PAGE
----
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orgmorg last won the day on October 1 2013

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About orgmorg

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    Multiple GOTM Winner
  • Birthday 03/25/1970

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  1. it works just as well in a drill press if you have one
  2. I love it, it is my main finish these days. Really easy to use. I use the flat though, don't have any experience with the higher gloss versions. It is a bit white/bluish, so I tint it with a little Transtint honey amber and vintage dark maple
  3. Walnut is a wonderful wood for necks. It is not as strong as maple, but stronger than mahogany, so that is not really an issue. It is expensive compared to other american hardwoods, but not so much compared to exotics The bulk of the good clear straight grained logs go to veneer manufacture, since that is where the money is for the logger, so it is not as easy to find suitable stock for necks in the lumber market, at least not for production. It does give a notably less bright tone, which I find useful for when I am using hard, dense body woods like beech or oak.
  4. Ya, in that photo, I think O, WA, and N stand for oak, walnut and natural, but refer to the stain, rather than the wood. The N actually looks like ash. The grain in yours looks a lot like hackberry, as evidenced by the zig-zag pattern of the earlywood pores, and its rays are similar in size to what you describe. Hackberry is vary pale, though, almost white, but there are a lot of species in that same genus spread out all over the world, including China and Japan, which may have different coloration, so I have a feeling it may be one of those. In any case, the headplate does look fine with it,
  5. That is most definitely not oak. The most obvious giveaway is the lack of visible medullary rays. If it is chestnut, it is a variety I am not familiar with, not american.
  6. I have one of those drill presses, too, but the bearings are worn out, and were discontinued a long time ago. I use it as a fret press now. Also have a Unisaw and 14" bandsaw from the early 40's, both of which I have modified in ways that would horrify most tool geeks. The Unisaw is fantastic. The bandsaw is adequate. Old machines are pretty much a crap shoot, rarely the holy grails that enthusiasts make them out to be. I used to be really into them, but have ended up with about a ton of relatively useless iron.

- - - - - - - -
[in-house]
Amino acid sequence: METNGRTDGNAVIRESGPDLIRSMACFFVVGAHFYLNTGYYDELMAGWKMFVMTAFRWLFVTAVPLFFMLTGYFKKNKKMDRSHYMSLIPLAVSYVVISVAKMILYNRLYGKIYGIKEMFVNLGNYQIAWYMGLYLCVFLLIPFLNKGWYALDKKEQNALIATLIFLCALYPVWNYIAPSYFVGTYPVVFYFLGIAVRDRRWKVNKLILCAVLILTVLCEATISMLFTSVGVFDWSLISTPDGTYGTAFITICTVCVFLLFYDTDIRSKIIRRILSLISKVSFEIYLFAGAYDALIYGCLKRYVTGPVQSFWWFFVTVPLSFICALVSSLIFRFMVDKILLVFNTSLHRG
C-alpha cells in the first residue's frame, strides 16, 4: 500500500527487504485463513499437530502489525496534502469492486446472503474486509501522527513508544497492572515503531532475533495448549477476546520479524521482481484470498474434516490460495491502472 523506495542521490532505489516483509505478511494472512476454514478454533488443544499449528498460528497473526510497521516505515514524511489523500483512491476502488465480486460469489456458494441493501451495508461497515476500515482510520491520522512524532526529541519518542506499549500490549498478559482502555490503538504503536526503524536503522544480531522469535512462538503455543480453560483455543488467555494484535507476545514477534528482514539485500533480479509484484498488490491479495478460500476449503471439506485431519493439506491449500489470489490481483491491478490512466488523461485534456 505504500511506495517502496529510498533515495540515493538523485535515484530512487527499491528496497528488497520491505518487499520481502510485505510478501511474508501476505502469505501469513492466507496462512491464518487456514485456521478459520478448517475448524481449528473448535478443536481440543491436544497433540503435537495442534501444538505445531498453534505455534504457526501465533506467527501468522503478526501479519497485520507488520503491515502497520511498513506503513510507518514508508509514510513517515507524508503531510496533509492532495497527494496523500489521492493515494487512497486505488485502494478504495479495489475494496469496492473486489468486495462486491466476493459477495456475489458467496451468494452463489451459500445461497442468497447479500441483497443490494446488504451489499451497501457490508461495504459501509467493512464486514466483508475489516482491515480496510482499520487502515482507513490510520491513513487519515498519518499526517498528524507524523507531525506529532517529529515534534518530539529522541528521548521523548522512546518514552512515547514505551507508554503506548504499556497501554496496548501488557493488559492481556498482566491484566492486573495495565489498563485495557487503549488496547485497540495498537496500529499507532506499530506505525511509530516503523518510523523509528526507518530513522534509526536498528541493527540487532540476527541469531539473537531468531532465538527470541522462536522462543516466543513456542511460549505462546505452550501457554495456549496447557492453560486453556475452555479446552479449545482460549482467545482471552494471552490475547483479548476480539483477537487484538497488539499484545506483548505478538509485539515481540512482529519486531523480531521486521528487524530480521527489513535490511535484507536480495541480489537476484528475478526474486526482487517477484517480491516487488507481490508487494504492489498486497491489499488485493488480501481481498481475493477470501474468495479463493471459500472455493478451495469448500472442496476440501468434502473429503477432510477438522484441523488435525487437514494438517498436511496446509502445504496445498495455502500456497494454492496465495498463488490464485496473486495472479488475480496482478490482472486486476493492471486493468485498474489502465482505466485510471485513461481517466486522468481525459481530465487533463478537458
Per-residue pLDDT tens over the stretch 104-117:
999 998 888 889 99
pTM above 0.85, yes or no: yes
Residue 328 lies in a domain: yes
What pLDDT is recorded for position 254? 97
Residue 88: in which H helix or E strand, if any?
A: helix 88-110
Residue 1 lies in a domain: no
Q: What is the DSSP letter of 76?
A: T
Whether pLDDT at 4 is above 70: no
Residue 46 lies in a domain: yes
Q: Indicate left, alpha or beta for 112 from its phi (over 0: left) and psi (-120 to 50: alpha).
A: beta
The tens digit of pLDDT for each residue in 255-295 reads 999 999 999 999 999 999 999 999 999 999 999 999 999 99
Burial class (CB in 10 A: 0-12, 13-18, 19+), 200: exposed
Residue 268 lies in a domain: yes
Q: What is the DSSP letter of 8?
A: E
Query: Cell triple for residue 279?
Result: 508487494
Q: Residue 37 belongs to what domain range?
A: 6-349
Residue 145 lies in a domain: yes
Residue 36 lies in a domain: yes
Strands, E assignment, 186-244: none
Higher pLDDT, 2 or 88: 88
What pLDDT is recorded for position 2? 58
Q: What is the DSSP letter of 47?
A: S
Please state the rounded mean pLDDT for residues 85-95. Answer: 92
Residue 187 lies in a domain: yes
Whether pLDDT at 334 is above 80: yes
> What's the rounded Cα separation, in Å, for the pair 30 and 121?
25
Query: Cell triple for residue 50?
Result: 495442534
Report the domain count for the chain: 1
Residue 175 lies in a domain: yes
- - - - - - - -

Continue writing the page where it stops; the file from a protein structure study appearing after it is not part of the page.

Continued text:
7. found it.. one of my older ones, ran it in GOTM a few years ago
  8. I have, actually, but it was just a small pickguard, on the treble side of the pickups. Yard sales are good for finding unplayable records for cheap that can be used guilt-free
  9. I use Tusq on guitars with a tremolo and locking tuners
  10. I use Micarta, which is similar to Corian I prefer it to bone because it is much more consistent in density~ no random soft or hard spots Also, I hate the smell and feel of bone dust
  11. I use the Stew Mac ruler, and it gives a reasonable approximation of equal gap. As mentioned, it does not account for a wide range of string gauges. In addition, it assumes a consistent increase in string diameter from one to the next, which is not how it really works. So yeah, not exactly equal, but a good compromise, and feels comfortable enough.
  12. This is the kit I put together for my vacuum press~ http://www.veneersupplies.com/products/Project-EVS-Auto-Cycling-Pump-Vacuum-Press-Kit.html A rebuilt pump is another hundred or so, and fifty for the bag, so it gets a little pricey, but it really works nicely, and so much easier than mucking with a million clamps.
  13. If I get someone who has a good idea, understands that it might not work as envisioned, is open to letting me make it work the way I need to, and is willing to pay what I decide it will cost, then sure, I'm game. I have built some really cool stuff I might otherwise have not thought of this way. But for every one of those customers, there seem to be a dozen that fall far short of that. Then there is the fact that I just don't like dealing with other humans very much. Not much of a business asset, I admit; but it's the way I am. I have plenty of my own ideas that I want to work on right now
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